Getting into Performance Measurement

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I’ve spent the past week developing some features for our own website at work. We’re using WordPress and I almost always enjoy working with WordPress beside Magento projects, it’s way easier to keep an overview and with a good overview of data flow and available data it’s easier to measure and find performance bottleneck. In the following post I want to examine my workflow and the way I refactored our code base to increase the speed and overall performance of our site.

Mesuring load times

WebPageTest.org

With WebPageTest.org it is quite easy to measure load times, render times, asset loading times and non cached assets. WPT even shows which assets should be cached or served via a CDN. Initially it checks for First View and Repeat View and outputs a table of numbers and fancy graphics. The thing I’ve been most interested in were First View and Content Breakdown. The Content Breakdown showed that ~66% of our landing page consist of images so optimizing these images (see below) was a natural approach to boost performance. When testing with WebPageTest I like to select the second fastest Internet connection and a location somewhere relevant (for this site America, for our own somewhere in Germany).

Then I watch the videos and see how the loading wents on. At first it was a blank page and after 2.5s the page “suddenly” rendered all content at once. This was not the desired behavior and so I started testing more.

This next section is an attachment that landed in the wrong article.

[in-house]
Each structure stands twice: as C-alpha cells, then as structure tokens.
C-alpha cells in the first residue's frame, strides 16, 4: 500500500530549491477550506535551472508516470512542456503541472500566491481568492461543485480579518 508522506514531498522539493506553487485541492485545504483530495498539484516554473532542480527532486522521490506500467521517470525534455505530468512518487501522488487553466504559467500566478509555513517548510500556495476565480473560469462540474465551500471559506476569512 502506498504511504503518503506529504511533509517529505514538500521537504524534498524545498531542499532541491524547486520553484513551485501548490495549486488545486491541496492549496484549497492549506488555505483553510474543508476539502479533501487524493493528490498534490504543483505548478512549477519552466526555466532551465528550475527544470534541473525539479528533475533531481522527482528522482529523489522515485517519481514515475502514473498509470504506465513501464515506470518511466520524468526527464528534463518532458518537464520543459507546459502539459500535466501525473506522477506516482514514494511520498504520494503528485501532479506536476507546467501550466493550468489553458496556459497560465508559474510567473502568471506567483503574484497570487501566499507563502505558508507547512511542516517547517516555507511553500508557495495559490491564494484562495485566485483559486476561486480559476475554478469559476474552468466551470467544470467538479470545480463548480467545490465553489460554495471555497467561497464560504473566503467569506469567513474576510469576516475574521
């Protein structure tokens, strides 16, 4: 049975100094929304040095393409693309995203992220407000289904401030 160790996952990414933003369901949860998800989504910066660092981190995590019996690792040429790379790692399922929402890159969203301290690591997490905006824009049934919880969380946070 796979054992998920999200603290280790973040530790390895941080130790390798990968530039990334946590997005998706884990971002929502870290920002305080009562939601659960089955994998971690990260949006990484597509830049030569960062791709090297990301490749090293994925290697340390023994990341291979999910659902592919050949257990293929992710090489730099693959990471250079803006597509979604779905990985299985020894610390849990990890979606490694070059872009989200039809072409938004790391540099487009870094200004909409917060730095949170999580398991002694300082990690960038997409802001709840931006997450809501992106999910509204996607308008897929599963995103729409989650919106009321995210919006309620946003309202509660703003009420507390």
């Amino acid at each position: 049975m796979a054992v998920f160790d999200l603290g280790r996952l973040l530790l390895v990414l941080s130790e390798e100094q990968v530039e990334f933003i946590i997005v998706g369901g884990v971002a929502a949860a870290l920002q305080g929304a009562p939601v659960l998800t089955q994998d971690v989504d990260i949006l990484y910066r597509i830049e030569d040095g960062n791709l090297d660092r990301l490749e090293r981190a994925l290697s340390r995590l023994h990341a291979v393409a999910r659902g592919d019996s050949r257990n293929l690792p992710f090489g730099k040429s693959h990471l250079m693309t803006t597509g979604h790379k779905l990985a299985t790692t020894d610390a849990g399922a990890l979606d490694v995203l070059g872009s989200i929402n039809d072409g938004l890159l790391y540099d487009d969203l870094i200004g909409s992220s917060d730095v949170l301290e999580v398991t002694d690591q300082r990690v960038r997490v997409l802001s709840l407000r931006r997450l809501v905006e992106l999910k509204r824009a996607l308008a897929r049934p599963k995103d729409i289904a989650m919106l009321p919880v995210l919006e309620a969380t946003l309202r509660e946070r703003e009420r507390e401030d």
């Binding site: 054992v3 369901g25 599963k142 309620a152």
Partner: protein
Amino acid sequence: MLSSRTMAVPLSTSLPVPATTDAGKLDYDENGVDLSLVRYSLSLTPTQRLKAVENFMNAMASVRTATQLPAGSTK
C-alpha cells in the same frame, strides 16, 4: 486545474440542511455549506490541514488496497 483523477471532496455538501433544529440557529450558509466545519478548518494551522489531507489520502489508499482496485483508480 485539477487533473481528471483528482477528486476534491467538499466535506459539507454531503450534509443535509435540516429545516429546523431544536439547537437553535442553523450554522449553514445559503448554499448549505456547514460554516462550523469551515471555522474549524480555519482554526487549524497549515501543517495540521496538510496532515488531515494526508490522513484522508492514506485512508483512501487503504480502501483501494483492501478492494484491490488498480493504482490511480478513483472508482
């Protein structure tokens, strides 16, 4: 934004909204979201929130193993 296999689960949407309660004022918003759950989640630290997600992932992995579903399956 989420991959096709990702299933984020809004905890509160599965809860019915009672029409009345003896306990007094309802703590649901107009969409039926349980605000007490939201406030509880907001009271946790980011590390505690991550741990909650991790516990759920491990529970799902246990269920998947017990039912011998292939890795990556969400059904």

(Chrome) Developer Tools

Using the Developer Tools I cleared the cache and measured a “fresh” load of our site to see how content is loaded and where rendering starts. It turned out that rendering was blocked by several JavaScript files (third party) and Google Fonts, which where loaded from within our CSS files as well as the high amount of non-optimized images. All these things can be seen in the Network Tab.

In Chrome there are 2 vertical lines - blue and red. The blue line marks the time at which the DOMContentLoaded event is fired, that is when the DOM is ready to be manipulated by JavaScript. The red line marks the moment where the load event fires. This event indicates that all content (CSS, JavaScript, Images, etc.) has been loaded.

Measuring performance and finding obvious bottlenecks has become fairly easy nowadays. With Tools like WebPageTest.org, Developer Tools or automated testing suits there are a ton of ways to analyze a the loading behavior of a website.

With these two tools I started tracking down the various performance issues. First of all the blocking JavaScript and a bit of unused code.

Unused Code

While checking the Network Tab in Chrome Dev Tools I’ve seen that out of 16 Requests one JavaScript Analytics Library was blocking the rendering by almost 600-800ms. Because it was barely used I removed this one so there was already a big improvement by removing unused or barely used code - one should always check for unused plugins, libs and CSS - this is the most basic “improvement” and optimization.

Regularly refactor your code base to see where unused code exists or code can be optimized. By ueing a Pre-Processor it’s easy to remove the code from production but keep it for later by using an import system.

Minify